The five-year long CARBOWASTE programme focused on the development of guidelines to support the retrieval, treatment and disposal of irradiated graphite. Research undertaken as part of this project led to the development of techniques for separating the coated particles from the moderator graphite of high-temperature reactor fuel as well as the identification of thermal, chemical or microbiological treatments that can get rid of a significant proportion of the contamination. Overall, it was concluded that irradiated graphite waste can be safely disposed of in a wide range of disposal systems.
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cast

CAST

The CAST project (CArbon-14 Source Term) aimed to develop understanding of the potential release mechanisms of carbon-14 from radioactive waste materials under conditions relevant to waste packaging and disposal in underground geological disposal facilities.
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European Geosciences Union 2018

CATCLAY

The four-year long CATCLAY project aimed to improve models of radioactive waste disposed of within geological deposits. By undertaking modelling and controlled experiments that mimicked the behaviour and movements of radioactive atoms, a new model of radioactive cation diffusion through clayrock was developed and validated. The improved understanding of cation diffusion gained over the project has helped enhance the safety and effectiveness of radioactive waste management.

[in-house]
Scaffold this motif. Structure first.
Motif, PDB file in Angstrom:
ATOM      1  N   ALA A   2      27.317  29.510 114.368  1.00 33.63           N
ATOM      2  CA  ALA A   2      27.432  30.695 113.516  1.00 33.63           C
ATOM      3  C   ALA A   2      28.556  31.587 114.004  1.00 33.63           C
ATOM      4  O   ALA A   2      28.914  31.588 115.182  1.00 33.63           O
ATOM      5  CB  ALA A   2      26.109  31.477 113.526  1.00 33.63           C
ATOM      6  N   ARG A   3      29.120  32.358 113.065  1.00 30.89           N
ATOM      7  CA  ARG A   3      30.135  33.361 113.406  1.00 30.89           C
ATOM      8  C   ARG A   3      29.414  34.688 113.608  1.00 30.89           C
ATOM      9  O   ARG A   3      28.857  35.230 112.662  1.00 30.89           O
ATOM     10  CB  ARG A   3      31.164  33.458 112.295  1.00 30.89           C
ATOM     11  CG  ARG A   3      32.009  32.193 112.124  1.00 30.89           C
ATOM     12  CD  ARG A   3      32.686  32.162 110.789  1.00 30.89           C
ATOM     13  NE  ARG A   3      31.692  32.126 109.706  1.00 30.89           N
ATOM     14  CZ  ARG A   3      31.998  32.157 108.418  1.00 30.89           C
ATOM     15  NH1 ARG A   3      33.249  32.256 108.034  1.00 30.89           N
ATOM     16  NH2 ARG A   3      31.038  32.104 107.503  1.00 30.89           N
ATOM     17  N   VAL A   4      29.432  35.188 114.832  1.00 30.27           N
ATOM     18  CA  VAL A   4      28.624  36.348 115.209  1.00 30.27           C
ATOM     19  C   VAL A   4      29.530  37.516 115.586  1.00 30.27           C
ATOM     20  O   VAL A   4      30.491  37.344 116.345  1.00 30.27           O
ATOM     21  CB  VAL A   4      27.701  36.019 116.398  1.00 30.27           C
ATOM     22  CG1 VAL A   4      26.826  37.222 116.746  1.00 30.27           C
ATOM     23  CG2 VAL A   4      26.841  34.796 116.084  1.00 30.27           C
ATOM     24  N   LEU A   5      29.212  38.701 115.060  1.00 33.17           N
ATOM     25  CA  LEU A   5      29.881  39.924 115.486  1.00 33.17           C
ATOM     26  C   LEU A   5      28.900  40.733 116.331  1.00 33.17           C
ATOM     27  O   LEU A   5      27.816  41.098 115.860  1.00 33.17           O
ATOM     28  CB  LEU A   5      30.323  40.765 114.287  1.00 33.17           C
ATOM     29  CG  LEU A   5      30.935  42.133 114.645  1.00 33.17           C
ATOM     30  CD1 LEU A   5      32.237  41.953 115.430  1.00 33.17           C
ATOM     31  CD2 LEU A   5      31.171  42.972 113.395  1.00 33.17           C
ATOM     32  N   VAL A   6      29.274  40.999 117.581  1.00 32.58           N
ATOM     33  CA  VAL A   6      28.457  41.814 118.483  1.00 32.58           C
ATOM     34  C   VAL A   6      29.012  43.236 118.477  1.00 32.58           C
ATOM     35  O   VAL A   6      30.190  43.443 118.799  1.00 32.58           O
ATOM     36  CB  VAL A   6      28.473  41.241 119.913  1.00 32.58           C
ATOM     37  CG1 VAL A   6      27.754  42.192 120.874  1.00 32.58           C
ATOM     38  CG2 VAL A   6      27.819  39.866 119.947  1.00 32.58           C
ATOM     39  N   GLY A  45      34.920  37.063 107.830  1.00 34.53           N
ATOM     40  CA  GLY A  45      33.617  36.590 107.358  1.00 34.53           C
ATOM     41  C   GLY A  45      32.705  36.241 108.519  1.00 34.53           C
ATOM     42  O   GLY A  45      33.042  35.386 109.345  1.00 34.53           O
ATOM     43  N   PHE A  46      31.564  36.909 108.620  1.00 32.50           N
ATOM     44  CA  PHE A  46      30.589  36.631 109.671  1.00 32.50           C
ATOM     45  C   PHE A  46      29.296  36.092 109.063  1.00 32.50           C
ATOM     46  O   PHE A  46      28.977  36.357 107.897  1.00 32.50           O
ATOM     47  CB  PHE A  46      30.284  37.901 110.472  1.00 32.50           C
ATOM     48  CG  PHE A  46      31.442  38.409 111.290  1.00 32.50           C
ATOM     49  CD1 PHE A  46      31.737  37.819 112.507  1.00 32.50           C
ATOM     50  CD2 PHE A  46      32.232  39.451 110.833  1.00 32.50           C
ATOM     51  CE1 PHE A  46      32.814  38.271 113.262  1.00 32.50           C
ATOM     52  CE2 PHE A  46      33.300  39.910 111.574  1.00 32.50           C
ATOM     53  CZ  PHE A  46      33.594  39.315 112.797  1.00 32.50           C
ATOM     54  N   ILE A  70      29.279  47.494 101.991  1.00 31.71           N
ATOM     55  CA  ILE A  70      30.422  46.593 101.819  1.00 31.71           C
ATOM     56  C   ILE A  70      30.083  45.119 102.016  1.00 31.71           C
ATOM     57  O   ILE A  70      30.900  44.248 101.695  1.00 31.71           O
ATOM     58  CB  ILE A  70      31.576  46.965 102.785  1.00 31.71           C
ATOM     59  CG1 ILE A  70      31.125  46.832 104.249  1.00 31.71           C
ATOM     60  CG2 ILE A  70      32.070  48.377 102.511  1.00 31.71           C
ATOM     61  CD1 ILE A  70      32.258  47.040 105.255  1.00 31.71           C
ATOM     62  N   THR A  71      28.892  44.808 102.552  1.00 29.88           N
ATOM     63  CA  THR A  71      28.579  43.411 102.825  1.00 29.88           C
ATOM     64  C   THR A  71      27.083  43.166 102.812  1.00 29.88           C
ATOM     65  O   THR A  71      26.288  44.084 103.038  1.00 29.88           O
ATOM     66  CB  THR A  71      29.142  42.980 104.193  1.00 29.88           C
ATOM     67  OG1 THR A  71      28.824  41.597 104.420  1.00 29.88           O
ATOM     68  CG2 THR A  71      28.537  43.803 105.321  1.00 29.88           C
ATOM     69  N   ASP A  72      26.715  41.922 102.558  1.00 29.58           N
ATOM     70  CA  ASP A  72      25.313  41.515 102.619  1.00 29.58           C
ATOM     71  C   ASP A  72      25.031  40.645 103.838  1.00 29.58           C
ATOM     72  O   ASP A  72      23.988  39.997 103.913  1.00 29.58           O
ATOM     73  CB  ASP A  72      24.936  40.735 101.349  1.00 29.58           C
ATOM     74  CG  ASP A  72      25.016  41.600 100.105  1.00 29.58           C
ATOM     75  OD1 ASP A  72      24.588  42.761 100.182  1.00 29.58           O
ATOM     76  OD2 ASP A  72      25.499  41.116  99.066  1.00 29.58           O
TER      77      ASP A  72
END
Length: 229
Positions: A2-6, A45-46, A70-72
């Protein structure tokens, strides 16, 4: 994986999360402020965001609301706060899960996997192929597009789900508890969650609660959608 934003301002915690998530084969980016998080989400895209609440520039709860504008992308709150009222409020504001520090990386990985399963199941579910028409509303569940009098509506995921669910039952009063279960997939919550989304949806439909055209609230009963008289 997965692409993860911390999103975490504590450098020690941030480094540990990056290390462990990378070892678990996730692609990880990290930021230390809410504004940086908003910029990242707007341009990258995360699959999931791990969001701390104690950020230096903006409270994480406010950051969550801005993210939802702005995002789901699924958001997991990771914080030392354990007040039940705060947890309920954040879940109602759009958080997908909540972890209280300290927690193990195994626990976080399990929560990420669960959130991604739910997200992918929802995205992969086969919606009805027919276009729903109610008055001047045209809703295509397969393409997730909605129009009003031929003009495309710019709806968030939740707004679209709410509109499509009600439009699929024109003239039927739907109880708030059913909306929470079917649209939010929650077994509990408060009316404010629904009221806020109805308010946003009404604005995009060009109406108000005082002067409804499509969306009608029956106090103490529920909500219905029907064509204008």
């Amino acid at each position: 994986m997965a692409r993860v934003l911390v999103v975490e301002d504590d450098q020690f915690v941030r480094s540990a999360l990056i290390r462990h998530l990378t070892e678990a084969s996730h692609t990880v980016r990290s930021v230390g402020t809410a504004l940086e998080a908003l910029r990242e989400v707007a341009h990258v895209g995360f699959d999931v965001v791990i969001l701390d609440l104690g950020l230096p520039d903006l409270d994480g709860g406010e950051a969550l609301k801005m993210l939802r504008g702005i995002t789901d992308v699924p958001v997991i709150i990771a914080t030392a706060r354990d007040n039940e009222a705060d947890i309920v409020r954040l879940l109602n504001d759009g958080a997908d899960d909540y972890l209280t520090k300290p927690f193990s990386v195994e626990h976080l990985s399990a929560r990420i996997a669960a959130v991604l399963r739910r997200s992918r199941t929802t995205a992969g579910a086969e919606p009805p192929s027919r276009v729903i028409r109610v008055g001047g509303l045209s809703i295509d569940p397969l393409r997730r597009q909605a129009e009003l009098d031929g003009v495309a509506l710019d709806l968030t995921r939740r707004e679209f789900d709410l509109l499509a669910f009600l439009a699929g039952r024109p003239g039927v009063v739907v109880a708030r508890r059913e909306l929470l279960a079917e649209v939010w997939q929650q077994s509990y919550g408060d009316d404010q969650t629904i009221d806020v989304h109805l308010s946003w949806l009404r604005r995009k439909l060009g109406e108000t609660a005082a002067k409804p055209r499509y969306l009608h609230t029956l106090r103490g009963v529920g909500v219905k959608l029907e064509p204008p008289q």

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CEBAMA

Cement-based materials are key components in repository barrier systems. To improve the available knowledge base, the Cebama project aimed to provide insight on general processes and phenomena that can be easily transferred to different applications and projects.
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chance

CHANCE

The CHANCE project aims to establish a comprehensive understanding of current characterisation methods and quality control schemes for conditioned radioactive waste in Europe. Furthermore, CHANCE will develop, test and validate already-identified and novel techniques in order to improve the characterisation of conditioned radioactive waste.
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disco

DISCO

DISCO aims to fill the gap of knowledge on spent fuel dissolution arising from the development and use of novel types of fuel (Cr-doped and MOX). The project aims to enhance understanding of spent fuel matrix dissolution under conditions representative of failed containers in reducing repository environments and to assess whether novel types of fuel behave like the conventional ones.
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DOPAS

DOPAS aimed to improve knowledge of the industrial feasibility of plugs and seals for geological disposal facilities. It focused on the measurement of their characteristics, the control of their behaviour over time in repository conditions and their hydraulic performance.
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FIRST-Nuclides